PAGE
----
**Note: This Instructable is based on parts from RadioShack, which is no longer in business. We encourage fellow makers to provide alternatives. This is the RAW Bill of Materials. We have written this academic paper on making the Chua's circuit out of parts from Fry's Electronics.**

This Instructable shows you how to build a chaotic circuit using parts from RadioShack, a widespread hobby electronics store in the USA. The only part RadioShack does not provide is an oscilloscope, but those are expensive anyway. Hence, we'll also show how you can use a USB Audio Adapter or a Desktop soundcard as an oscilloscope (or as we call it, the Poorman's scope).

It allows you to build a Chua's circuit with parts locally accessible in a short period of time without dealing with online shipping.

Chua's circuits are some of the simplest kinds of chaotic circuits. They are considered to be a classic example of true chaos due to their design and output. Using an oscilloscope you can witness a Chua's circuit create the strange attractor known as the double scroll. These beautiful patterns are truly chaotic and can be modeled by relatively simple nonlinear equations.
On top of being a great example of chaos, they are easy to build. These circuits, invented by Leon Chua, also have many real-world uses ranging from research, to music and encryption. In fact, customized circuits can be implemented almost anywhere where real chaos or nonlinear output is necessary.

You'll be able to have a chaotic attractor in the palm of your hands in just one day, be it for a hackathon, class demonstration, research, or personal curiosity.

Step 1: Go Shopping

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RadioShack stores differ from location to location. Some are entirely focused on consumer electronics and have very few items for hobbyists. Know which RadioShacks in your neighborhood actually have component drawers in the back. (Here in Downtown Brooklyn, 457 Fulton Street – Bad, Court St – Good, Atlantic Ave – Better).

Even if your RadioShack does have drawers in the back be prepared to improvise or visit a couple of places. Below are tables, parts, and other equipment-all available at RadioShack-that will allow you to put together and view the output of your Chua’s circuit without fancy equipment.

Basics Components*

1Duracell 9-Volt Battery Two Pack*N/A1
29V Snap Connectors (5 PCK)270-324, 270-3251
3Linear-Taper Potentiometer (10k or 5k)271-1715, 271-17142
4Resistors (500-Piece Value Pack)271-0031
5TL082 (8-PIN DIP)TL082/TL082CP4 (2 + 2 extra)
60.01uF 10% Film Capacitor272-1065, 272-10511
70.1uF 10% Film Capacitor272-1069, 272-10531
8DPDT Toggle Switch275-666 or any other DPDT switch1
920 Assorted LEDs276-1622**1

Note*: If you want the raw BOM (Bill-of-Materials) instead of a RadioShack shopping list click here.

Note**: It is my personal recommendation to use brand name 9V batteries such as Duracell. RadioShack has it’s own brand of batteries that gave me trouble in the past.

Note***: We only need two LEDs for this project. They come in two per package under the following SKUs: 276-021, 276-209, 276-022. I recommend the 20 pack because it's a bargain in comparison and the LEDs will fry if you hook them up wrong, hence having extras is always good.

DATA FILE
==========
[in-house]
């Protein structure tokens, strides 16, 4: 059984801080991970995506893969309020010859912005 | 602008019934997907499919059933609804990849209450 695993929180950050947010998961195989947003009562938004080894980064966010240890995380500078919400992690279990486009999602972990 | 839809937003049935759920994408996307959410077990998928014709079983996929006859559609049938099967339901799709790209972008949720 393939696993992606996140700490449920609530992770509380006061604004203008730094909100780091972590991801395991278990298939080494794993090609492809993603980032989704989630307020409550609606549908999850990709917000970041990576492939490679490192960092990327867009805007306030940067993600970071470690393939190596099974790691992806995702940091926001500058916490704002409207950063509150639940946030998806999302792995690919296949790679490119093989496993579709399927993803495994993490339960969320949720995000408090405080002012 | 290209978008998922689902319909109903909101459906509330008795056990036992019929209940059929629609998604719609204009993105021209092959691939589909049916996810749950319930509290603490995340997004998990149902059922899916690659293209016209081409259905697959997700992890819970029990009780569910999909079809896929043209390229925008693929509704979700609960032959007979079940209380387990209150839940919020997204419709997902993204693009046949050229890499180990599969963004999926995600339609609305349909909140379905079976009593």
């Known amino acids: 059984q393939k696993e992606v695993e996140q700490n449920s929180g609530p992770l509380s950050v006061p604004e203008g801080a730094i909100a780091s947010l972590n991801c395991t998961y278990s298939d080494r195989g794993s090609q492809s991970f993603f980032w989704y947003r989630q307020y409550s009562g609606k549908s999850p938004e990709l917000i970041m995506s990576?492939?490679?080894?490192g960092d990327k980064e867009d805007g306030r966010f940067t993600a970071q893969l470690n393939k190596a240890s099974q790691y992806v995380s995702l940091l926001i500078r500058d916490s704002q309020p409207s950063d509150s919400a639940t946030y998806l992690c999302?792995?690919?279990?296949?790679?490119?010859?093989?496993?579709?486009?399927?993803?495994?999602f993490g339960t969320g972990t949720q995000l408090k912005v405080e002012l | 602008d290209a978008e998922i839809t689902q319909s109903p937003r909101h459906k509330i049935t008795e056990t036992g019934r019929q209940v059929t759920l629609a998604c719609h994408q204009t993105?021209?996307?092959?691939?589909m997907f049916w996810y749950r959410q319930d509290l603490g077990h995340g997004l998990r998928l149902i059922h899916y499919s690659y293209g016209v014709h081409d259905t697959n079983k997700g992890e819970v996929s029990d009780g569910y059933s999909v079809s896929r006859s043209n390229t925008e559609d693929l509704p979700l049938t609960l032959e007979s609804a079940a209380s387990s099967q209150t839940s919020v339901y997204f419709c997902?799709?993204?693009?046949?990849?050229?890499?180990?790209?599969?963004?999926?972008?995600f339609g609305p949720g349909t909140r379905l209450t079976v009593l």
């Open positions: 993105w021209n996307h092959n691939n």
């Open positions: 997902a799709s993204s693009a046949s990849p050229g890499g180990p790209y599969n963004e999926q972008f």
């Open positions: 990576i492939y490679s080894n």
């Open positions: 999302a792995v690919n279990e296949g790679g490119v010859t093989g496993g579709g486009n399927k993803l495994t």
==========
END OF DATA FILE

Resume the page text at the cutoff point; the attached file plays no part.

Tools and Materials

iHookup Wire (22AWG Solid)278-12211
iiSolderless Breadboard Jumper Wire Kit276­-1731
iiiBreadboard276WBU202 or any other breadboard1
ivWire Stripper/Cutter6400223, 6400224*, 64002251
vMini Long-nose Pliers64000621
vi­5-Piece Basic Soldering Set**
(not in figure)
vii­Rosin Core Solder (2.5 Oz.)
(not in figure)

Note*: Best option.

Note**: This project does not require any precision soldering. The simplest/cheapest iron will suffice. I’ll be using my Weller WESD51 Digital Soldering Station.

Oscilloscope/Poorman's Scope

To see the chaotic attractor you need an oscilloscope, and we can make a cheap one with these parts...

A3 Ft. Stereo Patch Cable, Dual-RCA Plugs to Dual-RCA PlugsRCA*1
B14" (35.3CM) Insulated Test/Jumper Leads278-11561
C1 Mega-ohm Resistor271-1356

Note*: You can get the same RCA cables at your local dollar store as well.

Note**: You can get a UCA222 online, however any USB Audio Adapters that has a stereo input will work. Some are sold in music instrument stores such as Sam Ash.

Note***:This resistor is actually in the bag of 500 resistors listed in the first table

<p>I saved the schematic. I will have to build one of these someday. I have all of the parts kicking around already so that saves me a trip to the Shack.</p>
<p>Great! Excited to see the results when your done.</p>
<p>Very nice project, next few weeks I&rsquo;m going to try synchronization and interaction with other units! </p>
<p>nice. did you use exact resistances? a few of my resistors are close but not exactly the resistances specified, and I'm just getting normal sine waves on both channels</p>
<p>Hey! Yes I used the exact resistances, if you get the periodic behavior try tuning the potentiometers! That is the fun bit!</p>
<p>How close? Post what resistors you are substituting and we can help you. Also what's the tolerances on them?</p>
<p>I ended up just getting the exact parts and it works! thanks anyway</p>
<p>Thank you carlosI55!! Keep us posted.<a href="https://www.instructables.com/member/carlosl55"><br></a></p>
<p>Thanks mom. :)</p>

About This Instructable




Bio: I'm a researcher who wants to make experimenting with chaos accessible to everyone. You don't need to be a rocket scientist to dabble ... More »
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